Bexar County Commissioner Kevin Wolff and his wife Sandi are considering taking advantage of the boom in urban housing by getting into the grocery business.
The couple has their sights set on a proposed development in the rapidly growing Broadway corridor North of downtown San Antonio that calls for demolishing a vacant car wash and replacing it with a 3-story building.
The developer envisions a roof top bar, fine dining on the second floor and a fresh food market on the ground level.
The Wolffs are currently in talks with the developer to run that urban market.
"We've looked at the plans the owner has in regards to how he wants to build the building and what we might do on the ground floor of it," Kevin Wolff said. "We're kind of neck deep in the research so it's very serious."
While the Wolff family name is most commonly recognized in the world of local politics, it also has ties to the local grocery business.
Kevin Wolff's dad, County Judge Nelson Wolff, and uncles started the Sun Harvest chain years ago. Kevin Wolff not only worked in the store as a teen, but he also met his future wife there.
"It's actually where I met my wife 20 years ago," Wolff said. "I grew up in the grocery business and she worked there for almost 15 years so it's obviously something we've been around a lot."
While they had kicked around the idea of owning their own store together for years, it wasn't until the recent boom in urban housing hit that they started to seriously consider making their dream a reality.
With an estimated 1,500 new urban residences open or under construction in the Broadway corridor, the couple jumped at the idea of running a store in the area where they bought their first property together years ago.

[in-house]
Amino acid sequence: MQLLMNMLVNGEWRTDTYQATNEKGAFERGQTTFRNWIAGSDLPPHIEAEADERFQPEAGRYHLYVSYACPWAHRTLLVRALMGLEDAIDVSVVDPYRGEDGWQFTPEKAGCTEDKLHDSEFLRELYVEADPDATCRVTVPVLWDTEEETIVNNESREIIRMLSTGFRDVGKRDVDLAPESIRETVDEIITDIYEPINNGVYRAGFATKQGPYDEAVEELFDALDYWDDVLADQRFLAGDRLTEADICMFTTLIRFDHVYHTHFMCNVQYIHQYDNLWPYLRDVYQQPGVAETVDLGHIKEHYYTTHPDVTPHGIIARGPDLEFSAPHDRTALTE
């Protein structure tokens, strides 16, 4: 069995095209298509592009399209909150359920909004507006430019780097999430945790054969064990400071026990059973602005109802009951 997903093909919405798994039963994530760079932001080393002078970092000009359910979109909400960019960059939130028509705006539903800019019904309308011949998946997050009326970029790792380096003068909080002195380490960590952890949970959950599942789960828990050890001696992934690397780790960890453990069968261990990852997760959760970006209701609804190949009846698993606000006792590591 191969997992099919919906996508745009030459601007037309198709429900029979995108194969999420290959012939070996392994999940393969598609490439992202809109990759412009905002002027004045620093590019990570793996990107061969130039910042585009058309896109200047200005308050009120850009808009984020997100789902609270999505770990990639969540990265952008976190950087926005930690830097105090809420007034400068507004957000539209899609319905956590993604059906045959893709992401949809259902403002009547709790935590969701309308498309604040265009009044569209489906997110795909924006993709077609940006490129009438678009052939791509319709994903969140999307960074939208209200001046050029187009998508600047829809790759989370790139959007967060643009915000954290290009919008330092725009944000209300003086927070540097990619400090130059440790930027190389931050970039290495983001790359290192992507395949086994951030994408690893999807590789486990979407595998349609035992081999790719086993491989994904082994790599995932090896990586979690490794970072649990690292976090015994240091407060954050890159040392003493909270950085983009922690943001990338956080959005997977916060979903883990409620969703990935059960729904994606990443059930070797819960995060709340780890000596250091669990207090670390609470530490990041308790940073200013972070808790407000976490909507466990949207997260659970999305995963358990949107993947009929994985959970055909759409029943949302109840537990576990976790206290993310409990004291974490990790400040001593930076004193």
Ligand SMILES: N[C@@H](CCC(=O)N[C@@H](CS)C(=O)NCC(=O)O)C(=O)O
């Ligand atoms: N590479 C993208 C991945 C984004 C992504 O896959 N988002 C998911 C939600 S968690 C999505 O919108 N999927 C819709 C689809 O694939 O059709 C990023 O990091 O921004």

"The area needs it," Sandi Wolff said. "There is so much growth and having lived there before it was developed I think we saw the need for that right away and just with the population growth and the expected population growth they need a grocery store and if we're the ones to provide it, then so be it."
The store wouldn't be a huge suburban style supermarket. The developer's plans call for a 7,000-10,000 square foot market that would cater to the urban dwellers who live within walking distance.
"This is not a place you're going to travel to in your vehicle," Kevin Wolff said. "The parking doesn't exist and those types of things, so it has to be truly an urban market, something Sandi and I are familiar with because we used to live in Manhattan."
As the developer waits for city council to vote on a zoning change to make the development a reality, Wolff and his wife are deep into the research trying to make sure the area can support a store.
"You have to have a certain level of density for it to have an opportunity to work and all of the new growth you've seen in and around the Pearl, that's what has us looking at it," Kevin Wolff said. "We're not positive yet. We're looking at exactly those sort of business metrics over the next couple months to determine if it really can make it there. If the answer is yes, than Sandi and I will figure out a way to do it."